Issues and Barriers

Some countries in Te Moananaui Oceania may have limited technical expertise and resources for planning, implementing, and monitoring VIB projects. Capacity building and knowledge transfer initiatives may overcome this barrier. VIBs may be more expensive to build initially and require ongoing maintenance.

Opportunities

VIBs could help Te Moananaui Oceania nations adapt to the impacts of climate change, such changes in rainfall patterns, flooding, the urban heat island effect, and biodiversity loss. Providing training, capacity building, and economic opportunities related to VIBs and ecosystem services could improve livelihoods and support local economies.

Financial case

In Te Moananui Oceania, VIBs can enhance property values, attracting premium prices and lower vacancy rates due to their sustainable features. These buildings offer long-term cost savings through reduced energy consumption and lower maintenance expenses, contributing to higher returns on investment. They may contribute to reduced flooding in urban areas which has financial benefits (Mackinnon et al., 2022).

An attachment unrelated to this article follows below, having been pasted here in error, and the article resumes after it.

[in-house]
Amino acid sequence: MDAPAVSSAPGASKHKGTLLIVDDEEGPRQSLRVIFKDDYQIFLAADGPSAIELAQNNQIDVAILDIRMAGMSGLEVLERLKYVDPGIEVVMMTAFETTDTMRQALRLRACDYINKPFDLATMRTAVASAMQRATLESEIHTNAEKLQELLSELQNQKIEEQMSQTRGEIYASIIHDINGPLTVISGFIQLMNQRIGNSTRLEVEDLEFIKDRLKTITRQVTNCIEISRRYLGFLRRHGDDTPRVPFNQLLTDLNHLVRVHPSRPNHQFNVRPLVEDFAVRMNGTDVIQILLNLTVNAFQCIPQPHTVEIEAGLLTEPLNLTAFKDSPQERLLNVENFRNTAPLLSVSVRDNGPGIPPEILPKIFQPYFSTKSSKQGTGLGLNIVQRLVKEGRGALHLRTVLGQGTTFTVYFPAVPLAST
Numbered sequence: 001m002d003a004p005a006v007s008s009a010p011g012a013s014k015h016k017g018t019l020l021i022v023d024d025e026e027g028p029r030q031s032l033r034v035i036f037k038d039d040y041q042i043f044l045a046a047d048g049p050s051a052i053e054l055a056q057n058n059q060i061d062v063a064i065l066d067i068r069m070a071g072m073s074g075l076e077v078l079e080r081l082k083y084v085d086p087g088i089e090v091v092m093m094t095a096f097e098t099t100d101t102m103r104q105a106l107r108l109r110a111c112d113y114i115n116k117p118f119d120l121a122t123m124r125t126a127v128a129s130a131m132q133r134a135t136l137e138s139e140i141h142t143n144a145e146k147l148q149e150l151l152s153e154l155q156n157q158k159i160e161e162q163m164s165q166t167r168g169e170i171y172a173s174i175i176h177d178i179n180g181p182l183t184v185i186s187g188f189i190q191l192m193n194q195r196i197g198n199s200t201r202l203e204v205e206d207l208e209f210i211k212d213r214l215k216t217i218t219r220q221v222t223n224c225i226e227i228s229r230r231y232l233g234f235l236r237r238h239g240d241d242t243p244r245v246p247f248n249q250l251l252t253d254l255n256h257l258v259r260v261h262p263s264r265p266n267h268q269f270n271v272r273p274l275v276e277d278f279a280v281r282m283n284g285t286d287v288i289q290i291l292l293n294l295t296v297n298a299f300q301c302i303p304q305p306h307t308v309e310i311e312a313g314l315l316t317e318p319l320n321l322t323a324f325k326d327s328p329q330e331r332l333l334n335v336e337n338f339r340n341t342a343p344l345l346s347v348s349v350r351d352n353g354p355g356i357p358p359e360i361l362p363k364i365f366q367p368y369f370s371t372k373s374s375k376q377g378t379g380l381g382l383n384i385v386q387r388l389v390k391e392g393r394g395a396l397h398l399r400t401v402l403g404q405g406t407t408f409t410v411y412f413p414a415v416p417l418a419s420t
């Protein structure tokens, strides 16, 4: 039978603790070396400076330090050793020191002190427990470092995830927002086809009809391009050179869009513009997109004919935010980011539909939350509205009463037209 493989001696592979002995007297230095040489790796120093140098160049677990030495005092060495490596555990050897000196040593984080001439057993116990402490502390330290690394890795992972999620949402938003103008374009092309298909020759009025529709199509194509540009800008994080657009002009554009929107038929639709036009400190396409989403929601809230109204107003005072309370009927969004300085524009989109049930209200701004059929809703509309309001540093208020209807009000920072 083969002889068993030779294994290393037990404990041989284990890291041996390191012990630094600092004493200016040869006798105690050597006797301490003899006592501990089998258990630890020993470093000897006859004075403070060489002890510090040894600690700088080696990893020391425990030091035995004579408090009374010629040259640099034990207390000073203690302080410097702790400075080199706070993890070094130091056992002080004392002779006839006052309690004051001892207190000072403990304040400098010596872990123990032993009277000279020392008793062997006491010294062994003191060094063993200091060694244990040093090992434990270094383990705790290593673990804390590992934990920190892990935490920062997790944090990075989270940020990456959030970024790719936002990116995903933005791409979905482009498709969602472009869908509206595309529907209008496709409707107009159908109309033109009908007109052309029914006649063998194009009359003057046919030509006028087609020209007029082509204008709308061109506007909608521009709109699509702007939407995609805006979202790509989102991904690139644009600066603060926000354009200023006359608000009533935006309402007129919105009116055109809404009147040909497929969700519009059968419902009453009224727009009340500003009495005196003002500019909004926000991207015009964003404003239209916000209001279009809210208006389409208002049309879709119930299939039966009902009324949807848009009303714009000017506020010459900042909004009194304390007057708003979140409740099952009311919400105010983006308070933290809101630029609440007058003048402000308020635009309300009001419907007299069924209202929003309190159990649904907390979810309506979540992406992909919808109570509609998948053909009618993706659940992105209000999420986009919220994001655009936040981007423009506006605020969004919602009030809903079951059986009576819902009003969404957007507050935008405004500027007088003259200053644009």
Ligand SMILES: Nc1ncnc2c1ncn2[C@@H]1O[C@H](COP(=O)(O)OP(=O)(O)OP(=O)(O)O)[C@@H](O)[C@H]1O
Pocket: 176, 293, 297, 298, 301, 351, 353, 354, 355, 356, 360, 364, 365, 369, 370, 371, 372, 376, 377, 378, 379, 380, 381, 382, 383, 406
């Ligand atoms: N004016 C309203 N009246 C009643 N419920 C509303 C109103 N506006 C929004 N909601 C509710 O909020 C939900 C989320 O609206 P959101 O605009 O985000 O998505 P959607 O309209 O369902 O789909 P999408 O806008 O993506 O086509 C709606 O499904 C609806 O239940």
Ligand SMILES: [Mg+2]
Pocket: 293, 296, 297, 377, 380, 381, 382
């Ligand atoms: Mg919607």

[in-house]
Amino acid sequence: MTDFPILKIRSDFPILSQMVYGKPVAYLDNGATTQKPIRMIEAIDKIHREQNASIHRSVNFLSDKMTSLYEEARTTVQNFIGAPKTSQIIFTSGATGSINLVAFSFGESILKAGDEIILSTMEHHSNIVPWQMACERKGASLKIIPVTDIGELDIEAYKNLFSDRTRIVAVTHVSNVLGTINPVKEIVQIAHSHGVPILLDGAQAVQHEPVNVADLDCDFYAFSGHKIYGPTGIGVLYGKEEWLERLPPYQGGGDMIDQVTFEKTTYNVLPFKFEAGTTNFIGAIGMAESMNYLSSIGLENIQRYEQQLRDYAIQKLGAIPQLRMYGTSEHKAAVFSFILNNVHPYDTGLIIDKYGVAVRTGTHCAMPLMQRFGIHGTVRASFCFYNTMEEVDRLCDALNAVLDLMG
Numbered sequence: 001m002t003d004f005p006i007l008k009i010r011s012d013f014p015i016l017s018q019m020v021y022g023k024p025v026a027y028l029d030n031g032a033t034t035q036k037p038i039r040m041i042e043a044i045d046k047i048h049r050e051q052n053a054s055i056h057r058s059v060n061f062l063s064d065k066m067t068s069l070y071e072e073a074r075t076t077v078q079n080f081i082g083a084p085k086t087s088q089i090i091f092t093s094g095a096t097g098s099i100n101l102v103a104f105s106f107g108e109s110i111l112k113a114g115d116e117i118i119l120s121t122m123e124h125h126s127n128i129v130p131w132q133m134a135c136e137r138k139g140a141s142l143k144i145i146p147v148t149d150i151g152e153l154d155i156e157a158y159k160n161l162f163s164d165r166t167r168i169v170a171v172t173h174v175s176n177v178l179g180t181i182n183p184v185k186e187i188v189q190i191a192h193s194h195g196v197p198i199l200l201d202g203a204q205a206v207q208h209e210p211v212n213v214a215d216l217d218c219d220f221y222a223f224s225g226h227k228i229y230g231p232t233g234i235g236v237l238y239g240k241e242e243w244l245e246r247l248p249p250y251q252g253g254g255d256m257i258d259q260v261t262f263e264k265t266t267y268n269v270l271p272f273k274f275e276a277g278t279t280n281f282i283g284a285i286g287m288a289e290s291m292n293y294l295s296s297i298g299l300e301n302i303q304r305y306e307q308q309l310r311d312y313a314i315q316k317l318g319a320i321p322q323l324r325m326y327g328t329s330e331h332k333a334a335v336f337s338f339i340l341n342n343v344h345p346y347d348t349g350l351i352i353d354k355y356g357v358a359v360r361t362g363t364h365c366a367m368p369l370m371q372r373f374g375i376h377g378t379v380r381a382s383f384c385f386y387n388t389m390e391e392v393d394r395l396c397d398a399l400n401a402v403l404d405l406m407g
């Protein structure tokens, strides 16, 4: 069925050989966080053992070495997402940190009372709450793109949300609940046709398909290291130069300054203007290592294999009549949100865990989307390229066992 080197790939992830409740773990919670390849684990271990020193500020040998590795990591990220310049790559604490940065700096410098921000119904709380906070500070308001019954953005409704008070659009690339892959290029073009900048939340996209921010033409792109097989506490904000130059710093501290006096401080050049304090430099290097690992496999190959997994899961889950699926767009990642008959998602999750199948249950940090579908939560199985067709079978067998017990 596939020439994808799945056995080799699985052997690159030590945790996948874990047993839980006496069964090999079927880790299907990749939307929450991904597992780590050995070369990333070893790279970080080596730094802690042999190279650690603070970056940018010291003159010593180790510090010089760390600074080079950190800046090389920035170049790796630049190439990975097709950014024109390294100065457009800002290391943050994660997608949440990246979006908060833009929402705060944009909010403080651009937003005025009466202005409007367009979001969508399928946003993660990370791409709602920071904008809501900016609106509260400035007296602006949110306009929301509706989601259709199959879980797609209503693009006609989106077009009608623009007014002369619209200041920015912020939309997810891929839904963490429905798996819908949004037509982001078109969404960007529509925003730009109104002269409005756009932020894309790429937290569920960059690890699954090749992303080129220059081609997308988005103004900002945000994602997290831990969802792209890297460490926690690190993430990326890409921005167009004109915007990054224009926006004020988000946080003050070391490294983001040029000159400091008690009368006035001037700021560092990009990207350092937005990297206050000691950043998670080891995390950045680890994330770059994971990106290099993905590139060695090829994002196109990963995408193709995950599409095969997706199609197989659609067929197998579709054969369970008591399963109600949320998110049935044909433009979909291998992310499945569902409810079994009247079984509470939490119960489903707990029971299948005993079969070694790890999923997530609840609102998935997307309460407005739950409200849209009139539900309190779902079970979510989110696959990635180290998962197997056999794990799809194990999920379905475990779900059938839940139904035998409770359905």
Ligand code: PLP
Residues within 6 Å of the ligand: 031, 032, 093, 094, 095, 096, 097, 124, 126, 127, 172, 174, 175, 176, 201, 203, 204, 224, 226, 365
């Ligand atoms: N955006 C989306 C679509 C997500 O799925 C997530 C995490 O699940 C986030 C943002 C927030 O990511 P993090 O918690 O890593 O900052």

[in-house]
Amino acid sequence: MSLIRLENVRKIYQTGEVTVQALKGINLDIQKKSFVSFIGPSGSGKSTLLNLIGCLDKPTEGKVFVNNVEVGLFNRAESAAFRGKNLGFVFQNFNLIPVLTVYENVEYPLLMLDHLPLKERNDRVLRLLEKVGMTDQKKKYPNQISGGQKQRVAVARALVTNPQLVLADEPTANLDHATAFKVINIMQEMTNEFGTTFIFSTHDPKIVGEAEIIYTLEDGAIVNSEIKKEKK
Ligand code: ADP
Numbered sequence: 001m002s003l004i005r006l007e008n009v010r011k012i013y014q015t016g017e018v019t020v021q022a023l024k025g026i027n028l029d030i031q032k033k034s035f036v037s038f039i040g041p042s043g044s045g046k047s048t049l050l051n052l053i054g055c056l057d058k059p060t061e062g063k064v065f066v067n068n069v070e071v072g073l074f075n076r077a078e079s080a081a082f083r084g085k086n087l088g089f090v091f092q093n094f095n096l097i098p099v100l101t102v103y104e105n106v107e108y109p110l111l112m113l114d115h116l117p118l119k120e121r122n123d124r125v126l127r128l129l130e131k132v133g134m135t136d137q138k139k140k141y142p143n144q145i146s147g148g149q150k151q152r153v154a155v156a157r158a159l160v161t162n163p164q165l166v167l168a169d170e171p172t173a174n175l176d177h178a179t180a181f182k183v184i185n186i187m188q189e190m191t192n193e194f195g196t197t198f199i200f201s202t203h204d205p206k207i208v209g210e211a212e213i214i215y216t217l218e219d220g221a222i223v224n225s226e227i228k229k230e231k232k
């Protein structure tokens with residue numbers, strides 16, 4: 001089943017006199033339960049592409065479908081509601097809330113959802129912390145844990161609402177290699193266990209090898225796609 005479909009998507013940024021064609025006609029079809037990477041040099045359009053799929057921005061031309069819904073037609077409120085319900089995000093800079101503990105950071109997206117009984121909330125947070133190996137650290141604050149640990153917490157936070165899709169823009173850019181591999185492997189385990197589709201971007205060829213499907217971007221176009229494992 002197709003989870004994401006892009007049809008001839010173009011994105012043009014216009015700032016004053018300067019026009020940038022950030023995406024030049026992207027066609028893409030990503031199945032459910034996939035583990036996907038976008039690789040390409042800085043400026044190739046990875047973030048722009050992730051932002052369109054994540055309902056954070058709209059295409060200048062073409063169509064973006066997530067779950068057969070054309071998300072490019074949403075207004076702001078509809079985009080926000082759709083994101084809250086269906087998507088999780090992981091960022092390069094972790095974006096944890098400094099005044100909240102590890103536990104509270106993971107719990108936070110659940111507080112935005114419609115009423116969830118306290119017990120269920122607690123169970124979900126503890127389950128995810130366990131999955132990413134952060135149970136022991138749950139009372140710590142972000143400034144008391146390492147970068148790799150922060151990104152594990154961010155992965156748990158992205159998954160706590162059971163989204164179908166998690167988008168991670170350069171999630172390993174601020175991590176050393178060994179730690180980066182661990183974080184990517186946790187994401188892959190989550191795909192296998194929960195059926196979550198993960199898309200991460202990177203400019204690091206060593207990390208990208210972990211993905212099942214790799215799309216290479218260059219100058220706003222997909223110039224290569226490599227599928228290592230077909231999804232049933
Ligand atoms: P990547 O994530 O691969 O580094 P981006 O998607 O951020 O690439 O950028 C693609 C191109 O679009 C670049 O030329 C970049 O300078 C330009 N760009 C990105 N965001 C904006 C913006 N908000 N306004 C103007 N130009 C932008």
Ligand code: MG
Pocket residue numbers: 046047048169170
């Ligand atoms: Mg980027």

References
  • Ganji, H., Mohammad Kari, B., & Norouzian Pour, H. (2013). Thermal performance of vegetation integrated with the building façade. In Proceeding Conference: Enova International Congress.
  • Harmsworth, G. R., & Awatere, S. (2013). Indigenous Māori knowledge and perspectives of ecosystems. Ecosystem services in New Zealand—conditions and trends. Manaaki Whenua Press, Lincoln, New Zealand, 274-286.
  • MacKinnon, M., Pedersen Zari, M., Brown, D. K., Benavidez, R., & Jackson, B. (2022). Urban biomimicry for flood mitigation using an ecosystem service assessment tool in central Wellington, New Zealand. Biomimetics, 8(1), 9.